Get it here: DirectXTK.zip
Shamelessly plagiarizing the readme file:
This is a native D3D11 implementation of a bitmap font renderer, similar to the SpriteFont type from XNA Game Studio, plus a command line tool (MakeSpriteFont) for building fonts into bitmap format. It is less fully featured than Direct2D and DirectWrite, but may be useful for those who want something simpler and lighter weight.
At build time: MakeSpriteFont.exe "Comic Sans" myfile.spritefont /FontSize:16
During initialization: std::unique_ptr
Simple drawing: spriteBatch->Begin();
spriteFont->DrawString(spriteBatch.get(), L"Hello, world!", XMFLOAT2(x, y));
The Draw method has several overloads with parameters controlling color, rotation, origin point, scaling, horizontal or vertical mirroring, and layer depth. These work the same way as the equivalent SpriteBatch::Draw parameters.
SpriteFont has three constructors:
- Pass a filename string to read a binary file created by MakeSpriteFont
- Pass a buffer containing a MakeSpriteFont binary that was already loaded some other way
- Pass an array of Glyph structs if you prefer to entirely bypass MakeSpriteFont
If you try to draw or call MeasureString with a character that is not included in the font, by default you will get an exception. Use SetDefaultCharacter to specify some other character that will be automatically substituted in place of any that are missing.
This implementation supports sparse fonts, so if you are localizing into languages such as Chinese, Japanese, or Korean, you can build a spritefont including only the specific characters needed by your program. This is usually a good idea for CJK languages, as a complete CJK character set is too large to fit in a Direct3D texture! (if you need full CJK support, Direct2D or DirectWrite would be a better choice). SpriteFont does not support combining characters or right-to-left (RTL) layout, so it will not work for languages with complex layout requirements such as Arabic or Thai.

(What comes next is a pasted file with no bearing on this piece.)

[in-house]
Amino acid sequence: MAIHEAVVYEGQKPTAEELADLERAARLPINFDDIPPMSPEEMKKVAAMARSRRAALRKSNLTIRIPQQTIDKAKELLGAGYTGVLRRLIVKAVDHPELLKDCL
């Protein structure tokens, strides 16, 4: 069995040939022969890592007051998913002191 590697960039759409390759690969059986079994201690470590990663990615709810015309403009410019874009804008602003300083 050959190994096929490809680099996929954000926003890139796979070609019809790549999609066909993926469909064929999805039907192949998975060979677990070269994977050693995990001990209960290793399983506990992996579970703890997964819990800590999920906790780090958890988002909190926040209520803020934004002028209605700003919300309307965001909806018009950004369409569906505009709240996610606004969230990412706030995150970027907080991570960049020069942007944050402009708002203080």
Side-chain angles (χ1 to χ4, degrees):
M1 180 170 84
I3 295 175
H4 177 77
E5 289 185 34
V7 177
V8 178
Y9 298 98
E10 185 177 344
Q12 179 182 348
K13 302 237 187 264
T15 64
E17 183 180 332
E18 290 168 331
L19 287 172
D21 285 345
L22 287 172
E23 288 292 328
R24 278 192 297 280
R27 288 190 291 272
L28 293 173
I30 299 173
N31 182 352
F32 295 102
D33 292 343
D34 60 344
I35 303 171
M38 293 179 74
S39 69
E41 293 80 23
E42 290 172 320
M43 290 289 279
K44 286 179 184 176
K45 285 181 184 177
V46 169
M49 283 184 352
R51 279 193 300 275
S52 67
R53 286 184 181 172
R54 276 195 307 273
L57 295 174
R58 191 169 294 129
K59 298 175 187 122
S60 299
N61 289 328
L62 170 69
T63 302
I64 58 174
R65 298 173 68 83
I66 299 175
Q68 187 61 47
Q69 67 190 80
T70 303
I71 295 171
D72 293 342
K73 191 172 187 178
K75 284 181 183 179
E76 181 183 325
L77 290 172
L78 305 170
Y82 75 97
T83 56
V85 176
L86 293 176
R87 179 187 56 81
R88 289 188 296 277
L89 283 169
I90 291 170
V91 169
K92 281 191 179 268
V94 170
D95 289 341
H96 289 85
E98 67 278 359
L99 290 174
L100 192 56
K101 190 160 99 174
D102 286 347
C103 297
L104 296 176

The MakeSpriteFont tool can process any TrueType font that is installed on your system (using GDI+ to rasterize them into a bitmap) or it can import character glyphs from a specially formatted bitmap file. This latter option allows you to create multicolored fonts, drawing special effects such as gradients or drop shadows directly into your glyph textures. Characters should be arranged in a grid ordered from top left to bottom right. Monochrome fonts should use white for solid areas and black for transparent areas. To include multicolored characters, add an alpha channel to the bitmap and use that to control which parts of each character are solid. The spaces between characters and around the edges of the grid should be filled with bright pink (red=255, green=0, blue=255). It doesn't matter if your grid includes lots of wasted space, because the converter will rearrange characters, packing everything as tightly as possible.
See readme.txt for a list of MakeSpriteFont command line options.